If plugging something into a surge suppressor causes issues, it's because there's a malfunction in the way somewhere. Perhaps a bad connector in the PDU, perhaps a bad cable. A properly operating surge supressor does not alter current in normal operation.

It would be like telling me you put an over-pressure valve on your garden hose and the grass changed colors. Either the two things are unrelated, or something is actually malfunctioning (unless operation of your hose requires more pressure than the PRV is set to open at).
 
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JerryLove

JerryLove

Audioholic Samurai
HERE IS THE REVIEW: DO NOT plug your receivers subwoofers or power amplifiers into them.
Don't buy them, they are a waste of money. But I see nothing that suggests harm from using one you have.

These type of conditioners restrict or limit current and amps need unrestricted current to work they're best. The consequence of this is it can severely affect the dynamics imaging and soundstage of your home theater.
This sounds like it will make your sound less chocolaty.

"Dynamic range" is a pretty easy thing to test with a mic. The fact that he's no measurements should help you understand that it's BS.

If you have a dedicated 20 amp circuit to your home theater plug all your other gear into these but plug your amps subwoofers and av receivers straight into the wall.
Again: a different would be simple to measure.

BTW: 20A @120V = 2400W. I somehow doubt you are pulling that.

But, again, if there's interference, it should be measurable.
 
panteragstk

panteragstk

Audioholic Ninja
I've got a monster one for my HT for the fact that it is a rack mount design with more plugs. That's it. It doesn't do anything more than a surge protector would.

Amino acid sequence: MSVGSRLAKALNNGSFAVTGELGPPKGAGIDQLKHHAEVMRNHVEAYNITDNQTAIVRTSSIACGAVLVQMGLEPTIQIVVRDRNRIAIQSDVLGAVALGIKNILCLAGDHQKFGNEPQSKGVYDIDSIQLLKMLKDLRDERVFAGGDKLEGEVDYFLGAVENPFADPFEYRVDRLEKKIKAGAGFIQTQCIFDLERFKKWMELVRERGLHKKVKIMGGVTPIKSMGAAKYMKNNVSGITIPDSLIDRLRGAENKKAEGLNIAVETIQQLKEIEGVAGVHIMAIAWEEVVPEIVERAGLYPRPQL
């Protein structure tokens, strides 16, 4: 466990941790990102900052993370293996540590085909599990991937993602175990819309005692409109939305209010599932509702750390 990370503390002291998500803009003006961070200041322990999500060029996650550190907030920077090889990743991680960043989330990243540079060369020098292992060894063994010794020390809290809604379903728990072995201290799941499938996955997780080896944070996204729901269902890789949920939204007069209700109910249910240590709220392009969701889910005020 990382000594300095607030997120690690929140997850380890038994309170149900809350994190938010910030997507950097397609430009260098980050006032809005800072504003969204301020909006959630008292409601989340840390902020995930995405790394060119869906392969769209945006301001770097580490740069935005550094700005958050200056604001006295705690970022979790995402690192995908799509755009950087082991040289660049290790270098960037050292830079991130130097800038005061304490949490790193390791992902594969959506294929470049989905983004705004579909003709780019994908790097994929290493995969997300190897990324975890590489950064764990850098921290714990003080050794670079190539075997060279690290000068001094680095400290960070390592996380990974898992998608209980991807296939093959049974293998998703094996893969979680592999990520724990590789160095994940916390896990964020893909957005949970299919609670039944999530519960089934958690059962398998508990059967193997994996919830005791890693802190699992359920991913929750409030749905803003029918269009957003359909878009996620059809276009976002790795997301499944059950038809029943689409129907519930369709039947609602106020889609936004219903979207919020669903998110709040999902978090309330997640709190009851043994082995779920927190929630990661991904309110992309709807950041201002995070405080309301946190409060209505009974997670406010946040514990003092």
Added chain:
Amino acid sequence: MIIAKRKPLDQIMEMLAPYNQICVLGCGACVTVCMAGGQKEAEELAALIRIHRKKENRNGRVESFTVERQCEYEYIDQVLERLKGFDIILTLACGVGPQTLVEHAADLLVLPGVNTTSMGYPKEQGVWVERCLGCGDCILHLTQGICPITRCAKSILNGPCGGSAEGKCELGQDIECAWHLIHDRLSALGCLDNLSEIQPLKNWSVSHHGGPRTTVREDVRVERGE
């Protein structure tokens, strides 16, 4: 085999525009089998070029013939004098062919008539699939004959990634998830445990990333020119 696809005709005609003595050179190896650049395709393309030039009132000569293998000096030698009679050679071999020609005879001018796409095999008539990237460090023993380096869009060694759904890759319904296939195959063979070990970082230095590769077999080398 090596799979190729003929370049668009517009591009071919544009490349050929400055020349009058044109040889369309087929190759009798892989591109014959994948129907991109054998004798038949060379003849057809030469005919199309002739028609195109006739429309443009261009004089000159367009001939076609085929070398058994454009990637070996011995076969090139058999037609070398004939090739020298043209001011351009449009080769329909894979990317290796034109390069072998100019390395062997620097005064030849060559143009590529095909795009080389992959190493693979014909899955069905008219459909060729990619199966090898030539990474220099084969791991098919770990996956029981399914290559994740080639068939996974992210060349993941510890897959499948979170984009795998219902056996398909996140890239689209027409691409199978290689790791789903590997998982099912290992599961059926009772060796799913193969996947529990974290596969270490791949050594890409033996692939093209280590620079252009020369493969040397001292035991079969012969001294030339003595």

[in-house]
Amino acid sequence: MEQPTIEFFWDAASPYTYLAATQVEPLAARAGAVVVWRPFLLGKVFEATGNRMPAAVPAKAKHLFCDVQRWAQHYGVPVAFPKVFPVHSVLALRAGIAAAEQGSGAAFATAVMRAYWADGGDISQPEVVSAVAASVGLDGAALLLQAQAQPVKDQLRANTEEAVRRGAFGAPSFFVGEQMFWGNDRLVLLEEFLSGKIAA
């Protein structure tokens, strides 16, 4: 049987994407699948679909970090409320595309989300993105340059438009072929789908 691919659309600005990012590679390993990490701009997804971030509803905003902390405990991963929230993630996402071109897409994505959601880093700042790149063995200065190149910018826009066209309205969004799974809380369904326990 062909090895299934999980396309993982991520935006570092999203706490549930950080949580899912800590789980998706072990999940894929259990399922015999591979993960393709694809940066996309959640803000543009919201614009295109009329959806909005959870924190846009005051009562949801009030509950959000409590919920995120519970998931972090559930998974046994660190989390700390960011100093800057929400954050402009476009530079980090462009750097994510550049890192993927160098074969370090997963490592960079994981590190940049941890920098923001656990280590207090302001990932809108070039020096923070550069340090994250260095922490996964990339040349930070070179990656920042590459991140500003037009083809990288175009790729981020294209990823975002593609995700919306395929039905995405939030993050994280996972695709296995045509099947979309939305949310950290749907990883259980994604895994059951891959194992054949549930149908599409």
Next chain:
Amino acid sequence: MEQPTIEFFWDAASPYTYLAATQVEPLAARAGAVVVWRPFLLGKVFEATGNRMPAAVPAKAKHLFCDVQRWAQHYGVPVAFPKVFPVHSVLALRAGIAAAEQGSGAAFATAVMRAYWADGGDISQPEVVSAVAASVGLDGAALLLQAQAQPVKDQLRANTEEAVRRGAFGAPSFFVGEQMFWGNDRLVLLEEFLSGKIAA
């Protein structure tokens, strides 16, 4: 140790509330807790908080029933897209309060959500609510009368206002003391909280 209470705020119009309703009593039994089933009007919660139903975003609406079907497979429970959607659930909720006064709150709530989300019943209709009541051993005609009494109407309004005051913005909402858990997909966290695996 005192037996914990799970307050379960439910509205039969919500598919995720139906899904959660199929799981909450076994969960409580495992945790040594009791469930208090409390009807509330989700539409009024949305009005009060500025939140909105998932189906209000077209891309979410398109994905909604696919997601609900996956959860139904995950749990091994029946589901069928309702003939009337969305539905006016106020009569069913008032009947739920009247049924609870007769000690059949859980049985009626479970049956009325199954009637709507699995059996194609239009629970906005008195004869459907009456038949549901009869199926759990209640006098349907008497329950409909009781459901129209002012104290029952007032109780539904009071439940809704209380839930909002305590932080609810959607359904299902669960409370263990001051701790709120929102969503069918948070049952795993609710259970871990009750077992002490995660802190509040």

I've also got an APC "power conditioner" that is a UPS for brown outs. I expect it to be a UPS only.

The only time a power conditioner would do anything for you is if you have HORRIBLY noisy electricity due to being in a very old apartment or something like that. Even the, the voltage regulation is what really helps with that sort of thing where dips aren't uncommon. Even then, it might not do much.
 
D

Danzilla31

Audioholic Samurai
How can you possibly switch between using this and bypassing it quickly enough to conduct a valid test?
You can't which is why I said in the rest of the post to the op that I'm unable to say whether it is just expectation bias on my part or an actual measurable issue

I don't see a way I could test for it which is why I stated in my post it could be entirely in my head

I just like the old fashioned way of unplugging everything from the wall although I do want to go whole home soon I think you mentioned you did that

And I totally agree with you an avrs being on one I have my prepro on one I think your right in that I don't want to risk some of the electronics in those at all and that includes the rest of my equipment as well

It's just the subs and the amps I unplug from the wall but like I said that could just be old school bias from hearing your supposed to do that over the years
 
S

Speedskater

Audioholic Chief
While doing good ears only listening tests would be a challenge. It's easy to measure changes in the signal-to-noise ratio. With a sensitive RMS battery powered volt-meter. Measured at the audio line output or at the speaker output.
P.S. much smaller differences can be measured than any listener can hear.
 
lovinthehd

lovinthehd

Seriously, I have no life.
"From the moment I plugged it in I heard a huge difference in sound." That's some good bullshit right there, compounded by how he "learned".....
 
Pogre

Pogre

Audioholic Warlord
I think the better question would be are they really even necessary for most cases?
 
highfigh

highfigh

Audioholic Overlord
You can't which is why I said in the rest of the post to the op that I'm unable to say whether it is just expectation bias on my part or an actual measurable issue

I don't see a way I could test for it which is why I stated in my post it could be entirely in my head

I just like the old fashioned way of unplugging everything from the wall although I do want to go whole home soon I think you mentioned you did that

And I totally agree with you an avrs being on one I have my prepro on one I think your right in that I don't want to risk some of the electronics in those at all and that includes the rest of my equipment as well

It's just the subs and the amps I unplug from the wall but like I said that could just be old school bias from hearing your supposed to do that over the years